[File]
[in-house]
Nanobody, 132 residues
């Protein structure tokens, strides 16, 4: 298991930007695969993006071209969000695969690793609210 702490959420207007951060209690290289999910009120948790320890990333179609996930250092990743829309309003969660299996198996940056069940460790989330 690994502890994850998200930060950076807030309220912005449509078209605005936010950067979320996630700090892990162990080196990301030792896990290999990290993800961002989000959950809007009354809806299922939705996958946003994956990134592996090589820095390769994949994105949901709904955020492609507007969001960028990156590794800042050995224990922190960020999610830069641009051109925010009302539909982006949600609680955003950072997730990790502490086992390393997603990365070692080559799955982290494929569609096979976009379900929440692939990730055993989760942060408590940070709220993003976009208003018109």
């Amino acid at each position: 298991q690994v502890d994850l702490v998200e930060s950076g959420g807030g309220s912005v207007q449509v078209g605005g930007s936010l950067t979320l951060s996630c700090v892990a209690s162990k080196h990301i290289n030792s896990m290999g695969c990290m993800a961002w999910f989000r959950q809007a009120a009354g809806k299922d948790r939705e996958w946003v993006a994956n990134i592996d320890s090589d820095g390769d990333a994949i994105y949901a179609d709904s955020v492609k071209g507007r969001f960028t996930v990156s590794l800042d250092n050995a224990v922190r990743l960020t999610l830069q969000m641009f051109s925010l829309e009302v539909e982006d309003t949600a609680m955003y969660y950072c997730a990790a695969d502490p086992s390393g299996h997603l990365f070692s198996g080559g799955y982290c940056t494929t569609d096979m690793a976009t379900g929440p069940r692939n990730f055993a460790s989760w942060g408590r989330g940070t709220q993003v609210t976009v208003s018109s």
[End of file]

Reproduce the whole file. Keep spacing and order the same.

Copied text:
[in-house]
Nanobody, 132 residues
């Protein structure tokens, strides 16, 4: 298991930007695969993006071209969000695969690793609210 702490959420207007951060209690290289999910009120948790320890990333179609996930250092990743829309309003969660299996198996940056069940460790989330 690994502890994850998200930060950076807030309220912005449509078209605005936010950067979320996630700090892990162990080196990301030792896990290999990290993800961002989000959950809007009354809806299922939705996958946003994956990134592996090589820095390769994949994105949901709904955020492609507007969001960028990156590794800042050995224990922190960020999610830069641009051109925010009302539909982006949600609680955003950072997730990790502490086992390393997603990365070692080559799955982290494929569609096979976009379900929440692939990730055993989760942060408590940070709220993003976009208003018109």
């Amino acid at each position: 298991q690994v502890d994850l702490v998200e930060s950076g959420g807030g309220s912005v207007q449509v078209g605005g930007s936010l950067t979320l951060s996630c700090v892990a209690s162990k080196h990301i290289n030792s896990m290999g695969c990290m993800a961002w999910f989000r959950q809007a009120a009354g809806k299922d948790r939705e996958w946003v993006a994956n990134i592996d320890s090589d820095g390769d990333a994949i994105y949901a179609d709904s955020v492609k071209g507007r969001f960028t996930v990156s590794l800042d250092n050995a224990v922190r990743l960020t999610l830069q969000m641009f051109s925010l829309e009302v539909e982006d309003t949600a609680m955003y969660y950072c997730a990790a695969d502490p086992s390393g299996h997603l990365f070692s198996g080559g799955y982290c940056t494929t569609d096979m690793a976009t379900g929440p069940r692939n990730f055993a460790s989760w942060g408590r989330g940070t709220q993003v609210t976009v208003s018109s």